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YOU'RE OUT, KID!; Street's Andy tells of agony as bosses sacked him after 8 years.

Nick Cochrane was filming a scene in The Rovers when the call came down: The producer wants to see you.

Puzzled and more than a little nervous, Nick - Coronation Street's nice- guy barman Andy McDonald - made his way to the office of Brian Park.

Minutes later he was being told by Park that his Corrie career was over. The Axeman of Weatherfield had struck again.

"I thought: 'Oh s**t, what am I going to do, how am I going to pay the mortgage?'" says Nick, 23, who was just 15 when he won his role in the show.

"I was driving home, thinking what on earth to tell my girlfriend Denise and wondering what she would say.

"I told her to sit down, that I had something to tell her. She said: 'It's your job, isn't it?' She knows me backwards. We just sat and had a chat about it.

"But what can you do? I couldn't go mad or say I'm going to have this out with Brian. You have to keep yourself together, you can't just fall apart."

Nick, who earned pounds 60,000 a year, was one of three stars booted out in May as part of Park's soap shake-up. He joined Sherrie Hewson (Maureen Holdsworth) and Peter Armitage (Bill Webster) in the clear-out. Other actors chopped this year include Peter Baldwin (Derek Wilton) and Geoff Hinsliff (Don Brennan).

But it was the sacking of Nick, one of the Street's youngest stars, that surprised most people. The next day his screen family Charlie Lawson, Beverley Callard (seen right with a young Nick) and Simon Gregson were first on the phone.

Nick says: "Everybody was ringing to ask if it was true, because it was all over the papers. Charlie rang and said: 'What is going on?' I told him what the crack was. He said I would never struggle for work. He was very concerned and I love him for it.

Bev offered to help in any way possible. Simon is never usually serious but now he was, asking what was happening.

"I told him I was sacked and he said: 'Oh, OK - but you'll still play cricket for us in the summer, won't you?' That's typical Simon."

Nick started in the soap with schoolboy chum Simon who plays Andy's twin Steve. With parents Liz (Callard) and Jim (Lawson), Andy McDonald became one of the most familiar faces in the Street.

Nick hadn't a clue that his tenure at Granada was coming to an abrupt end - although he had felt disappointed that his character was going nowhere.

"Brian told me what I already knew, that Andy's part was in a rut," he says. "They were struggling to find storylines to get him out of it. He was too much of a goody two-shoes. Brian said the best thing would be to give the character a break and look at bringing him back in the future.

"Looking at it now, I realise it is probably best for both me and the character."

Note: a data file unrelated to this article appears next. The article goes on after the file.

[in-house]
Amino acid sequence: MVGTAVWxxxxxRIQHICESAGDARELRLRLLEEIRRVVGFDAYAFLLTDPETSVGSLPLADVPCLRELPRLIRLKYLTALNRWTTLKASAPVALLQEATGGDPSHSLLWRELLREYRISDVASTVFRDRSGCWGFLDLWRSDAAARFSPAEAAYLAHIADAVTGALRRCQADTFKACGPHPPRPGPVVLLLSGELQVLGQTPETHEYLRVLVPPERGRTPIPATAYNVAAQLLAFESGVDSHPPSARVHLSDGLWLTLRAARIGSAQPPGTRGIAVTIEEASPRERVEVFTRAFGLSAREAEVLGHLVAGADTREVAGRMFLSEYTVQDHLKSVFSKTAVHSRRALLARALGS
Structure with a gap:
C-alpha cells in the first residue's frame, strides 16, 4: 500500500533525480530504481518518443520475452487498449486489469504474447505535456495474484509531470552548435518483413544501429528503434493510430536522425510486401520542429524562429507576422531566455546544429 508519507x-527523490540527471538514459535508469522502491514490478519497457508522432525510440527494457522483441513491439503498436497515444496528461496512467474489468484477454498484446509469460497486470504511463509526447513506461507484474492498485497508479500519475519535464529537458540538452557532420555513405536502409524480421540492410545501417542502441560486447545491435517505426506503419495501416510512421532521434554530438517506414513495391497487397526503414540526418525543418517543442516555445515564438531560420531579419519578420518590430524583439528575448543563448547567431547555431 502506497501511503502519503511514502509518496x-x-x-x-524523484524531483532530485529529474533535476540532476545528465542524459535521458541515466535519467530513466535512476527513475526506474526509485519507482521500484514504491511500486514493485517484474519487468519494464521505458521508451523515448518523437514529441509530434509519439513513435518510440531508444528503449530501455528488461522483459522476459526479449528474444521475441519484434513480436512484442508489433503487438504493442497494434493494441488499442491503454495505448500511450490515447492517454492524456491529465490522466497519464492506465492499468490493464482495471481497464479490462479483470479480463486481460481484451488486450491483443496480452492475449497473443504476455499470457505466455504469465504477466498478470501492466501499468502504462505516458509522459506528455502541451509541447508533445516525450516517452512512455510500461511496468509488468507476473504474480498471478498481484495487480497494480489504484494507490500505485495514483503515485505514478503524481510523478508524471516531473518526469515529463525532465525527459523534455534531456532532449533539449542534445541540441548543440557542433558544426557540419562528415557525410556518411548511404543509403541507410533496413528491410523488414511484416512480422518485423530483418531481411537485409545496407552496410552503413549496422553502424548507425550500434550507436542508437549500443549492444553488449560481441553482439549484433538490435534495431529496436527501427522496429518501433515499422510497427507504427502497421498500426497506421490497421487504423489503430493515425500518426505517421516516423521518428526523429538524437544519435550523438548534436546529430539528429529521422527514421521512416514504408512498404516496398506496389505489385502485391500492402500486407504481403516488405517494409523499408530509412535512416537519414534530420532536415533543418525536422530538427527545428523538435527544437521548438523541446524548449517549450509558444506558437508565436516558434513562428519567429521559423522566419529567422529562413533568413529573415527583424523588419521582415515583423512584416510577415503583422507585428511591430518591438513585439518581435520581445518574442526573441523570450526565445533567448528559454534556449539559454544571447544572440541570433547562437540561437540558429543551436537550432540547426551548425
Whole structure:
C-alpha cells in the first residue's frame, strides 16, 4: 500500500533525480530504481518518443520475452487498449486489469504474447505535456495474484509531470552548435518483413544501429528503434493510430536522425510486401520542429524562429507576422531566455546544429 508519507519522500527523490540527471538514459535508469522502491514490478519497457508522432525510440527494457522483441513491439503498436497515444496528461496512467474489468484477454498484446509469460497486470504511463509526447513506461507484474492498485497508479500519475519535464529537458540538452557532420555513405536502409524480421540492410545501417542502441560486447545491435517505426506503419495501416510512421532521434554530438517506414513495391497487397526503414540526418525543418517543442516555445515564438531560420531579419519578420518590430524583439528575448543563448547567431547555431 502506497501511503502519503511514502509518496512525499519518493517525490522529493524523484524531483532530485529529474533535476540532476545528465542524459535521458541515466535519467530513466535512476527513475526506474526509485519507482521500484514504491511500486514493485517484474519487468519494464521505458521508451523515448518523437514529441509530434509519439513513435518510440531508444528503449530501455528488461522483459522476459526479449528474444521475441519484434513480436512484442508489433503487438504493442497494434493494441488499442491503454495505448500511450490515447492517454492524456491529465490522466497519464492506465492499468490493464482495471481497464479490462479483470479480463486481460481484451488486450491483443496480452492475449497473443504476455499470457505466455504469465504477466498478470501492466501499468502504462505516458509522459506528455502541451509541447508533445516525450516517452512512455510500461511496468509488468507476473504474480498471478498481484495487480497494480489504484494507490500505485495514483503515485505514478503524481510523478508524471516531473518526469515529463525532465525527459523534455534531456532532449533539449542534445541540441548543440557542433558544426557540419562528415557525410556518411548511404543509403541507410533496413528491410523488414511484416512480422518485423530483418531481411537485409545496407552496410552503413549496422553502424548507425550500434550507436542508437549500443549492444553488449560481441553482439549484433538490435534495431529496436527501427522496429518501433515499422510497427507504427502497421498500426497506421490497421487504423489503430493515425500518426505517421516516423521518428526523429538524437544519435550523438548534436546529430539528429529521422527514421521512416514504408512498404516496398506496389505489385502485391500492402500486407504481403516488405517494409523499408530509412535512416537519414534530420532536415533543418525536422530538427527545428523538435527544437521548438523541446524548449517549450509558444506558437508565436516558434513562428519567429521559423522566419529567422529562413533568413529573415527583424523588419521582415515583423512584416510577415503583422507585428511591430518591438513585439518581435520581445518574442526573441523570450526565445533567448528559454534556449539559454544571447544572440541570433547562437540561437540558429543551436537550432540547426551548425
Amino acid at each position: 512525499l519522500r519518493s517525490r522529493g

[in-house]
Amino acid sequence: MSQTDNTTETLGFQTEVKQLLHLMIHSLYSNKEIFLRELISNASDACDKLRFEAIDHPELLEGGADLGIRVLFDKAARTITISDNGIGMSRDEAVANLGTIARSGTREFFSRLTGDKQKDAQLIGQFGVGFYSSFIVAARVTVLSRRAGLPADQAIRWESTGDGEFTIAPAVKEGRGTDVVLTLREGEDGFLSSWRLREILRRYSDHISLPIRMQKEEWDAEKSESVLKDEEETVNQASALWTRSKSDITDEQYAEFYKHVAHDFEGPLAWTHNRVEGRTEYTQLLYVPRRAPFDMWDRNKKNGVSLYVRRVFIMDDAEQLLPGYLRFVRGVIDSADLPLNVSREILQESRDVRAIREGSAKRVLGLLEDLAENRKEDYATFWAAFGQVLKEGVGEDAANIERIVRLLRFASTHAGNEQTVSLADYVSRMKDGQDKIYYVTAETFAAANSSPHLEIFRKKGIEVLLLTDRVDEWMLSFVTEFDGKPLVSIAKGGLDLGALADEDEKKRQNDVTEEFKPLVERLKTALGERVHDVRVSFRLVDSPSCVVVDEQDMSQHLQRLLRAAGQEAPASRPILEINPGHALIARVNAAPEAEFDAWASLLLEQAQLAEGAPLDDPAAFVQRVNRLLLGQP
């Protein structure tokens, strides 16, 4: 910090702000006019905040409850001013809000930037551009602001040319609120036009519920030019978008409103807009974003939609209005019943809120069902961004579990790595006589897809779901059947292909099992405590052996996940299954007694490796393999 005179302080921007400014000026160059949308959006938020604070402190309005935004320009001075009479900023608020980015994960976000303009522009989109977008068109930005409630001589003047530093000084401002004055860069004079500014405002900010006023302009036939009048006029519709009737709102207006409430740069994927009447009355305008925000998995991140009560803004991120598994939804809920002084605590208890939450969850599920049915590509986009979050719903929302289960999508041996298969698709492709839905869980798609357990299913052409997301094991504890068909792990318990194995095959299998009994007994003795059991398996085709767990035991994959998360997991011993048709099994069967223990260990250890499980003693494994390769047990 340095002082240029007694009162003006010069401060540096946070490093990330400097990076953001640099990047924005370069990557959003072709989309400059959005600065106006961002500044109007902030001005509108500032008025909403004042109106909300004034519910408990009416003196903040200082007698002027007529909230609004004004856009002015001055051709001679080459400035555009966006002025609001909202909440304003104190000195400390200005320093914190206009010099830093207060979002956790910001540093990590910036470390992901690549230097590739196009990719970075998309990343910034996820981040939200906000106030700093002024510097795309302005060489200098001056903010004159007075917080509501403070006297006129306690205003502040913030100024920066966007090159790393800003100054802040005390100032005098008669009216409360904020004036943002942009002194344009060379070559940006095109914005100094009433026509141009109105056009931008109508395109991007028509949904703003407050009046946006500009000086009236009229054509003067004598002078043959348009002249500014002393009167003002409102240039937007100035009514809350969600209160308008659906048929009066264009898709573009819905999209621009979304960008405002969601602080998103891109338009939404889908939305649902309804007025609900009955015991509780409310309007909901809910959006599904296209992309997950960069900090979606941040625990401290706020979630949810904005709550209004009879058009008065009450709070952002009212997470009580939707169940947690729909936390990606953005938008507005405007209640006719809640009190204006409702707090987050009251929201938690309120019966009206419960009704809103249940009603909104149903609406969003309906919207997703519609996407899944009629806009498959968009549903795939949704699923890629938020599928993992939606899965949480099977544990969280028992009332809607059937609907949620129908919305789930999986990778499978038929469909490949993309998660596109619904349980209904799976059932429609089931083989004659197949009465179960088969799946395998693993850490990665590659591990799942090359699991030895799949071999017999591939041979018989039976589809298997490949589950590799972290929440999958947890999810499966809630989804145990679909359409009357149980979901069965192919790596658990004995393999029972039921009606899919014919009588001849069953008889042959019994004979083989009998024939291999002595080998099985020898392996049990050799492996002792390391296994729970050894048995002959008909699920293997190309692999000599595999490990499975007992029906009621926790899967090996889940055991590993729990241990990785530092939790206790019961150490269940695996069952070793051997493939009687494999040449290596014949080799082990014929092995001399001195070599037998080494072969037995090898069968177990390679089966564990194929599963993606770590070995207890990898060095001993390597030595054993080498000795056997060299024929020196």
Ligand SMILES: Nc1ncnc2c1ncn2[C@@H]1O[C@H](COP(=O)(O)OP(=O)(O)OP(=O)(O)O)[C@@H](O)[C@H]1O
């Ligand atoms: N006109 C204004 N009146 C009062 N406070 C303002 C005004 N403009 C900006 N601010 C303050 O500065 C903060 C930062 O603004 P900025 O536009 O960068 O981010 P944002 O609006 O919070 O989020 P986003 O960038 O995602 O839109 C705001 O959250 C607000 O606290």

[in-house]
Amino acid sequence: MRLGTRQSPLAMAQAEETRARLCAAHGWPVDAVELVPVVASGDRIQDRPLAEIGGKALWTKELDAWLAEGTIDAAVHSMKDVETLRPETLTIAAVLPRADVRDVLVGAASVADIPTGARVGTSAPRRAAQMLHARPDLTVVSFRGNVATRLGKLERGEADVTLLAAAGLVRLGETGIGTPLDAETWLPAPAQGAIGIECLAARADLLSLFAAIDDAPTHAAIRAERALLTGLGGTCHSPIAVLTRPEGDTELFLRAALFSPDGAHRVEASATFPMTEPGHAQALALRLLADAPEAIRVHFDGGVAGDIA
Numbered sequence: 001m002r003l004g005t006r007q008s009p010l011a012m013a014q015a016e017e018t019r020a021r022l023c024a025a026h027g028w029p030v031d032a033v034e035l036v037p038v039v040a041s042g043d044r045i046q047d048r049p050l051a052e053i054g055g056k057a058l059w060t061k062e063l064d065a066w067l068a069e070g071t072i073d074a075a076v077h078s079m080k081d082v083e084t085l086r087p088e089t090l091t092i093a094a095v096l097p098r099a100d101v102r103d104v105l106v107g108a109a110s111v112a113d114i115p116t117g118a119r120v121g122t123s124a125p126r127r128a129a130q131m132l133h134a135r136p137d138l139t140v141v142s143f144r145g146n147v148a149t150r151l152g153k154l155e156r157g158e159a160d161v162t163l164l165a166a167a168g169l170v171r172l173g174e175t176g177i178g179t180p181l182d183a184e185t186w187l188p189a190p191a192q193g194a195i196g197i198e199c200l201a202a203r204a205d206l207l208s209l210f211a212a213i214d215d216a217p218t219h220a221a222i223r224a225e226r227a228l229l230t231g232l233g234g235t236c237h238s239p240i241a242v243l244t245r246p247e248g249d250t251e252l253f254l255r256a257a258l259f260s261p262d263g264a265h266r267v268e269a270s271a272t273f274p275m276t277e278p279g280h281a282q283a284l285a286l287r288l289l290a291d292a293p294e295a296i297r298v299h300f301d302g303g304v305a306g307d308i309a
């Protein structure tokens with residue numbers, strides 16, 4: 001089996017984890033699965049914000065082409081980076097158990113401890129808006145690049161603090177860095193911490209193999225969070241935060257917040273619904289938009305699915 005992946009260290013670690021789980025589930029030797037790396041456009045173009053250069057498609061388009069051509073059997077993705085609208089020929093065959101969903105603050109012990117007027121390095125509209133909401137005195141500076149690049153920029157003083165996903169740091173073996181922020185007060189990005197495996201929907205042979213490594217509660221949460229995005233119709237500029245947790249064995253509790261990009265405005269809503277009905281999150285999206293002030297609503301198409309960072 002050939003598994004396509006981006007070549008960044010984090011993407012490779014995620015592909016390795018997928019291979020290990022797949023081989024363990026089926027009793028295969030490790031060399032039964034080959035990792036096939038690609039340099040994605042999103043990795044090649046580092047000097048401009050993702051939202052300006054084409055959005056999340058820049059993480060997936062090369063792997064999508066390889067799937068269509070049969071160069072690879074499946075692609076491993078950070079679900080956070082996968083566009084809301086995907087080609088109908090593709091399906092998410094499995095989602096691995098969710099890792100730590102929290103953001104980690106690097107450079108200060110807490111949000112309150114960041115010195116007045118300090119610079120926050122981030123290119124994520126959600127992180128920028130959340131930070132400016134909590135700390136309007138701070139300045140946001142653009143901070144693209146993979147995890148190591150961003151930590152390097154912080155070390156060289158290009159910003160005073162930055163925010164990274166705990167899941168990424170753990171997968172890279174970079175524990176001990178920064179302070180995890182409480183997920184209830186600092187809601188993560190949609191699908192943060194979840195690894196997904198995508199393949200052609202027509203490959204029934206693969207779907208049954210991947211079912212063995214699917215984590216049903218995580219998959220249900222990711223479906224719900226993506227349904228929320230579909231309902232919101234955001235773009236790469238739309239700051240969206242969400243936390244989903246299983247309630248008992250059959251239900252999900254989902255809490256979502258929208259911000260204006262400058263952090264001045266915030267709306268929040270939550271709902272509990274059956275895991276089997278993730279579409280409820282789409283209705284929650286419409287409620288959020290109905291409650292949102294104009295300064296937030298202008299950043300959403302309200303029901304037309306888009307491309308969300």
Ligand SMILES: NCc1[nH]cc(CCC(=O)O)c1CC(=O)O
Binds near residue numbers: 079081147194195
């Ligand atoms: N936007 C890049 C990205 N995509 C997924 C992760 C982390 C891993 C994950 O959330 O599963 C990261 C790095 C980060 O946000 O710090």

Andy was constantly in the shadow of his roguish twin Steve and warring parents Liz and Jim. He was either seen cleaning glasses or drinking on the other side of the bar.

Nick, too, was losing interest in Andy and going through the motions with his lines. "When you are saying 'pounds 1.50 please, Rita', and 'Thanks, Des' and 'Where's Jack?' week in and week out, it gets to be a bind.

"I don't think there was anything really wrong with the character. But he wasn't going the way I wanted him to."

Nick wishes Andy had got into more scrapes. In recent months he has been at loggerheads with Liz over her fling with ex-con Fraser Henderson (Glyn Grain). And they clashed dramatically after a gunman burst into their house.

Nick enjoyed the scenes but wanted them to develop even more dramatically. "I'd have loved Andy to have gone off the rails," he says.

"It would have been great to have a huge bust-up between him and Steve - a bitter feud between the brothers."

But it was not to be. Neither was Nick's dream of becoming a Street fixture. "After three years, I thought I might be in it forever," he says. "But you see people come and go and you realise it is not for life. Bill Roache (Ken Barlow) is different - he is here for life. But I started to get past the stage of thinking it would be like that for me.

"But I need to work. I would like to present The Big Breakfast like Simon did. I can't see myself doing Shakespeare but I would have a go at anything. I have got to become a real actor now and go out and do a bit."

Nick also revealed that he really wanted to be bad boy Steve. "There are many times when I have thought I could have played him," he says. "And Simon would have been playing the good character."

He landed the dream job of Andy after being spotted in a charity play by a Granada talent scout.

"They came down and took a few pictures of a few of us," he says. "About a week later, they rang the school and asked if Simon and I could go along for an audition.

"Bev Callard and Charlie Lawson where there, with about 12 lads also hoping for the part. We were put into an improvisation situation and because Simon and I were the only two from our school, we teamed up.

"Coronation Street asked us to go back for another audition. When we got there, we were the only ones around. The Granada people started to tell us how our lives were going to change, and all about contracts, and I did not realise what was happening.